Due to the fact that a number of systems and services rely on older versions of software, it wanted to disable the automatic updates that come with SaaS – but found this challenging. Cloud and SaaS vendors ended up providing it with a bill for running legacy software, something that did not seem fair. In a later presentation, Victoria Barber identified that it is not unique in its struggles.

Gartner suggested that $1.2trillion will be spent on Cloud services over the next five years, with a further $61billion spent on SaaS. Huge amounts of money, but Barber predicts a lot of that will be wasted. Continuous monitoring of Cloud services and SaaS is required on a daily basis as the environment is constantly changing.

Gartner has witnessed a lot of financial damage being done on a daily/weekly/monthly basis by wasted Cloud services and ongoing SaaS costs, with organizations branding the management of such services on a regular basis as unimportant ‘admin’ work. That ‘unimportant admin work’ is actually an important new challenge for the Software Asset Management industry as, quite clearly, there is a lot of money in Cloud and SaaS.

Mismanagement or a lack of management and optimization will result in your organization wasting thousands in services that you are not using – no organization can afford to waste money in the current climate.


Victoria Barber, Research Analyst at Gartner suggests that C-Level Executives are actually only interested in seeing ITAM reports with six to eight metrics. They want ITAM information that relates to the organization’s revenue, market share, business risks and customer impacts. The six to eight metrics should impact on the above points.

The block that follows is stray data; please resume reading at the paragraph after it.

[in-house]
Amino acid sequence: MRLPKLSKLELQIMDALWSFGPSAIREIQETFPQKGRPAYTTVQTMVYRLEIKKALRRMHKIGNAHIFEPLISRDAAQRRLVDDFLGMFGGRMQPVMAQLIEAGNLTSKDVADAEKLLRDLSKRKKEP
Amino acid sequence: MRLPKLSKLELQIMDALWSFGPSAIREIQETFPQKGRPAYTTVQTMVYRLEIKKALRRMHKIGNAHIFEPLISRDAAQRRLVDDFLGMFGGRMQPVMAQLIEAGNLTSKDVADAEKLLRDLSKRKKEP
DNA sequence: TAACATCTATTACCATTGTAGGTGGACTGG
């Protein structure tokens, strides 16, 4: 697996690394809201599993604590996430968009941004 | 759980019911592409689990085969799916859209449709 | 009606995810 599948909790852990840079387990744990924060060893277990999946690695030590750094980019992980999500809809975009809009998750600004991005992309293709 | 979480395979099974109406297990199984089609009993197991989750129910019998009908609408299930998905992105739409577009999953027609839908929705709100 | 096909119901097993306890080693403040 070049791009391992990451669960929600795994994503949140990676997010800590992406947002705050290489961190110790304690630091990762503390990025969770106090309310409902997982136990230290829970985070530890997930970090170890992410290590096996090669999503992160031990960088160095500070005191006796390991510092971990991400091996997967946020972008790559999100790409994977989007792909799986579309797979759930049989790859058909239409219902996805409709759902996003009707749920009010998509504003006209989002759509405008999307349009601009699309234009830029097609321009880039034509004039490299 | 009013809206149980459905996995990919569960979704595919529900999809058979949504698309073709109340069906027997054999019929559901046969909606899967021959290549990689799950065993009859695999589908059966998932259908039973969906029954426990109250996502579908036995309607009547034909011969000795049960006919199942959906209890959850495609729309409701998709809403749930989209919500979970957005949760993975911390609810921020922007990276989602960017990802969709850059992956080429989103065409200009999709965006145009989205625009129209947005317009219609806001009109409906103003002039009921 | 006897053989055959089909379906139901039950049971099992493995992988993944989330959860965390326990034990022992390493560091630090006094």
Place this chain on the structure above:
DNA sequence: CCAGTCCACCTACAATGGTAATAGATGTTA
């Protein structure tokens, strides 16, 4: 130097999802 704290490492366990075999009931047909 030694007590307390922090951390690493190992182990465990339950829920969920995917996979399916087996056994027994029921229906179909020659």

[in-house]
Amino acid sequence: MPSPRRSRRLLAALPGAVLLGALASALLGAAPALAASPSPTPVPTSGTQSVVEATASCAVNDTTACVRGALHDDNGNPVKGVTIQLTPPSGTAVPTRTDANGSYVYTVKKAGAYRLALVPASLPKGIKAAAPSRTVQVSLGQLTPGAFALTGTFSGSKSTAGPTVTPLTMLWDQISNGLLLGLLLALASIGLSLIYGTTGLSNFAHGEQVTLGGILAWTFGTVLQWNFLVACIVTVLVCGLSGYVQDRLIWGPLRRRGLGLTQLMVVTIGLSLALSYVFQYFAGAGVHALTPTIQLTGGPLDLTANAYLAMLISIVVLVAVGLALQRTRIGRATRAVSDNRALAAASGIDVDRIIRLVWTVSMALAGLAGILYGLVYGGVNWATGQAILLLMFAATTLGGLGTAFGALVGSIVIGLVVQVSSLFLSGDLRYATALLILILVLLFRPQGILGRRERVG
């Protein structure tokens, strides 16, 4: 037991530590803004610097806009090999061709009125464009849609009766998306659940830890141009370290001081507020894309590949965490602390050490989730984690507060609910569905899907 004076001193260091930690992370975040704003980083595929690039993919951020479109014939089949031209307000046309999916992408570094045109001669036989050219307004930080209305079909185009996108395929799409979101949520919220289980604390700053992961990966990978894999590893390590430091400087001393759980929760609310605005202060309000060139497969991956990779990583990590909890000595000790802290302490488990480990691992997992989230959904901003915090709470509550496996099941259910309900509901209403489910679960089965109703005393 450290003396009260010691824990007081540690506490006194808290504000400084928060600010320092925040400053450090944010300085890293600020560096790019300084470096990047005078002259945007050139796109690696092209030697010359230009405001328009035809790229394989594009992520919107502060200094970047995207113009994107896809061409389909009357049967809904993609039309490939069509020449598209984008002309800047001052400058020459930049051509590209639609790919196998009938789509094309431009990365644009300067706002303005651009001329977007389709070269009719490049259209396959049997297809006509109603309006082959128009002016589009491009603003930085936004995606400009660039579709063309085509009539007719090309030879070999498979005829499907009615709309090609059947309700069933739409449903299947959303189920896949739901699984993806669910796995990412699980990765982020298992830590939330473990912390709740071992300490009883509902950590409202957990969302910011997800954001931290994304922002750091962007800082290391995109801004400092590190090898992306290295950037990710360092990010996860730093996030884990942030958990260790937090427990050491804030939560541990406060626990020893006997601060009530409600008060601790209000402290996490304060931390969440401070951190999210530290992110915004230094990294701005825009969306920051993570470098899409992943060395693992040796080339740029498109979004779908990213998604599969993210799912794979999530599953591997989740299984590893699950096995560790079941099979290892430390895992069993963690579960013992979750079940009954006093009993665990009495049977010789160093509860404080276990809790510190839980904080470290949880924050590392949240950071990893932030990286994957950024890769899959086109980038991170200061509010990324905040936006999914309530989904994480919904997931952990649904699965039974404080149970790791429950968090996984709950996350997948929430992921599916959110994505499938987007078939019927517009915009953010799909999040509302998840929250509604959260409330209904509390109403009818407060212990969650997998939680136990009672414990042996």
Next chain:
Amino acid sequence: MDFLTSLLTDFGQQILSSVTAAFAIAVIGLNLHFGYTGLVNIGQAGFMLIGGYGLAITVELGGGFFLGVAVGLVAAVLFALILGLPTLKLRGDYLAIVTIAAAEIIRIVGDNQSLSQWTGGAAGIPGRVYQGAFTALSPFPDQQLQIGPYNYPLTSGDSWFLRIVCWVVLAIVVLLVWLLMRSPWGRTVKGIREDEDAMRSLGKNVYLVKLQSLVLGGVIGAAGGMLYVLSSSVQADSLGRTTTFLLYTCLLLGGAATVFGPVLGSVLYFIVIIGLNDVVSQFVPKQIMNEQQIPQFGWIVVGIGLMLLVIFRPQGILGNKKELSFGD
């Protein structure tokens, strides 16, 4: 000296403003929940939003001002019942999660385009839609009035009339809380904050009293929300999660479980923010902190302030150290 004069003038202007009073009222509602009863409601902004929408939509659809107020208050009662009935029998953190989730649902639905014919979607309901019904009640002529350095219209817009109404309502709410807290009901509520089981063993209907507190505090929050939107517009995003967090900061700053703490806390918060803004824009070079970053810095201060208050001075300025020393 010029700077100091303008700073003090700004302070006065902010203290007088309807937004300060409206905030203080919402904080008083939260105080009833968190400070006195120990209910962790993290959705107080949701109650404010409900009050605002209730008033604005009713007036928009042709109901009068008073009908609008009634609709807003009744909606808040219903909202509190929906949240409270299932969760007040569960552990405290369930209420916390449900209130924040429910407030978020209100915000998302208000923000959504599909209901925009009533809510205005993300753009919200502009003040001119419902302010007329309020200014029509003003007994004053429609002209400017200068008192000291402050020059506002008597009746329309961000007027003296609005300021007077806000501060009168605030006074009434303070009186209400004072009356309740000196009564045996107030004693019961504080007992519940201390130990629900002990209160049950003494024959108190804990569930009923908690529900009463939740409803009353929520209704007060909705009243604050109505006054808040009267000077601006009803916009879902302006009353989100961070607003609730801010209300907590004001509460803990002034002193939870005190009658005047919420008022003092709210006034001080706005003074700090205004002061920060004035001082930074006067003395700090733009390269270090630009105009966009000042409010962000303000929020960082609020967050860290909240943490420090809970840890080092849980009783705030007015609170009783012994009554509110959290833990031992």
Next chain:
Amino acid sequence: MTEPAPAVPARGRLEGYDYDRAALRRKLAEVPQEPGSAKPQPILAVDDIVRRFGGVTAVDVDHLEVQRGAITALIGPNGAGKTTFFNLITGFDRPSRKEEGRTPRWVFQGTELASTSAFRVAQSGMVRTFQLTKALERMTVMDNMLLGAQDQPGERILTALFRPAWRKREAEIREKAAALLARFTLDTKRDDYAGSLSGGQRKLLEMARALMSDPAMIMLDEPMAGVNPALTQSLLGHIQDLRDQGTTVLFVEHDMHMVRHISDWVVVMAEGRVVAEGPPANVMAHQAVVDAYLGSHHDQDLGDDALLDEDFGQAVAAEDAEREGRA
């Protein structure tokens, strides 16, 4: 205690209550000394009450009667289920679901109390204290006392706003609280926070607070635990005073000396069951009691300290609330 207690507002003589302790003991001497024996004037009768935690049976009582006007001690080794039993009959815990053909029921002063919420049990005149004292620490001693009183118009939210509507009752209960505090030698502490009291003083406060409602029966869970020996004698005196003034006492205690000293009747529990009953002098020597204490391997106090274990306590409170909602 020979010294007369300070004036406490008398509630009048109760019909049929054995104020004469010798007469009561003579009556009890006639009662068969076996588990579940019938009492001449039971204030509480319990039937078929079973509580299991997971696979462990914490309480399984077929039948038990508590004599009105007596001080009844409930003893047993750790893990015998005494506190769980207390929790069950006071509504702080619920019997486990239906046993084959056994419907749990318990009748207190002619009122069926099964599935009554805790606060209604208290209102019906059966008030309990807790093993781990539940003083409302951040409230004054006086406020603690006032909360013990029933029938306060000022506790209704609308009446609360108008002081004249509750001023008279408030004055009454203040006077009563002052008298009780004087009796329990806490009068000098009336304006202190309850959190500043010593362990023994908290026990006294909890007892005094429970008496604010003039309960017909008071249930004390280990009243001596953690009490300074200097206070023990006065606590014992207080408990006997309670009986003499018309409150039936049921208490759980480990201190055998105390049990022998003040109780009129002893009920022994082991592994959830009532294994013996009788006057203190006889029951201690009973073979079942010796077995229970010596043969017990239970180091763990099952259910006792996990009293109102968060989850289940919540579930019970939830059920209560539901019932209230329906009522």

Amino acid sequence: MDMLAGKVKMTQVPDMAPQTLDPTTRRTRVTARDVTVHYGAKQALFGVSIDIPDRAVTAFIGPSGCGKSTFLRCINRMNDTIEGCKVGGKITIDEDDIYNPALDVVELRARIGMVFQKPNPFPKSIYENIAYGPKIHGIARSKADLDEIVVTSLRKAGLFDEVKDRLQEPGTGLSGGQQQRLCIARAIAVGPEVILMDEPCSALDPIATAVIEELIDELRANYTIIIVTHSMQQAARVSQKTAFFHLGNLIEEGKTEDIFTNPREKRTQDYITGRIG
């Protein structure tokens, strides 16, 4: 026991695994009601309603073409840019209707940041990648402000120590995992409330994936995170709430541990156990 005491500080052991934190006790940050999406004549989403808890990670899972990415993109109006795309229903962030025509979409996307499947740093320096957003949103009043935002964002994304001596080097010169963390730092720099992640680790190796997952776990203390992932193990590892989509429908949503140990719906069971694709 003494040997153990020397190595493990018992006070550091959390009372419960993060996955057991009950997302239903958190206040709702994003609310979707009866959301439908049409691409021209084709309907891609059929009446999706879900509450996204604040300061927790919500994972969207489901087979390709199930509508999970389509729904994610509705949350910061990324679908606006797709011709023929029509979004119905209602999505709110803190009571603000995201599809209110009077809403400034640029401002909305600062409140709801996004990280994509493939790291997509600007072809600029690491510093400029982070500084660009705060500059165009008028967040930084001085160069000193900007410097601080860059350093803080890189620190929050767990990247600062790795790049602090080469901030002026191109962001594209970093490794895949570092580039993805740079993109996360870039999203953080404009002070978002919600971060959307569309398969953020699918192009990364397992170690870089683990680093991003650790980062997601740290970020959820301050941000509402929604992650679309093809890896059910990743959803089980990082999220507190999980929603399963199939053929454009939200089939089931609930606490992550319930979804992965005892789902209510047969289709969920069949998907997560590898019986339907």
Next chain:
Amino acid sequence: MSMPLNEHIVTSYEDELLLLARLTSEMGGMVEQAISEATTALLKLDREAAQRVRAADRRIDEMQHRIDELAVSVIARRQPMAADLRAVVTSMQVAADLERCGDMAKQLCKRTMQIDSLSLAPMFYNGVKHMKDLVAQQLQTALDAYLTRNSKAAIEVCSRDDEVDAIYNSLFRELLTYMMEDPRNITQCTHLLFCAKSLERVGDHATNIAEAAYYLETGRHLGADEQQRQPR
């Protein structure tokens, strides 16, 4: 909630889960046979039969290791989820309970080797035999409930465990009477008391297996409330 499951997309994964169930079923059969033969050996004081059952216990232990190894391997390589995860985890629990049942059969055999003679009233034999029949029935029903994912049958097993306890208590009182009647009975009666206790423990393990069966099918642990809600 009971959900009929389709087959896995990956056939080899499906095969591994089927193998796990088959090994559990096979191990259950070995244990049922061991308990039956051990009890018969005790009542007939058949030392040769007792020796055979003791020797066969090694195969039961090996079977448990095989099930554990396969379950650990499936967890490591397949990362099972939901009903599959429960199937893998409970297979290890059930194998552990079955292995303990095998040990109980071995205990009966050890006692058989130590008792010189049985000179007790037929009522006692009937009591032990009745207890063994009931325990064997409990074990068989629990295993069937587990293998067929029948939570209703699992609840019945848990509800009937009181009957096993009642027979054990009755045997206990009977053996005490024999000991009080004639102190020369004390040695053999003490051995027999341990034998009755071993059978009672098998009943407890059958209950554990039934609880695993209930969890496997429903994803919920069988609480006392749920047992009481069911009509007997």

However, Victoria stated that they are seeing organizations provide C-Level staff with over 50 ITAM metrics – far too many and a lot of data noise! C-Levels are not interested in entitlement volumes, usage data, undocumented changes or even policy compliance, according to Barber. Any risks related to usage, policies, changes or entitlement volumes should be added to the risk register and dealt with by the appropriate stakeholders.

Senior management also needs to be ‘sold’ the ITAM story, so be clear and concise on what the metrics are telling them. Definitions of phrases like ‘servers’, ‘assets’ and a basic explanation of what ITAM numbers actually mean is required for them to understand the full story. Also, come to the table with solutions to any problems and highlight the value ITAM is having on the business.

So, think about the ITAM metrics you currently provide senior management.

They should:

Finally, Victoria Barber commented on how the ITAM industry needs to remove itself from the financial bubble, look forward not backward and realize the benefits and impact ITAM has on the whole of the organization. It was a fantastic few days, with lots of lessons learned!

Thank you to everyone that took the time to visit the Snow booth to either see product demos or have a chat with our experts!  Next stop Texas!   We presented our new e-Books at the Gartner event which proved to be very popular.

You can download the Oracle and Microsoft savings e-Books today!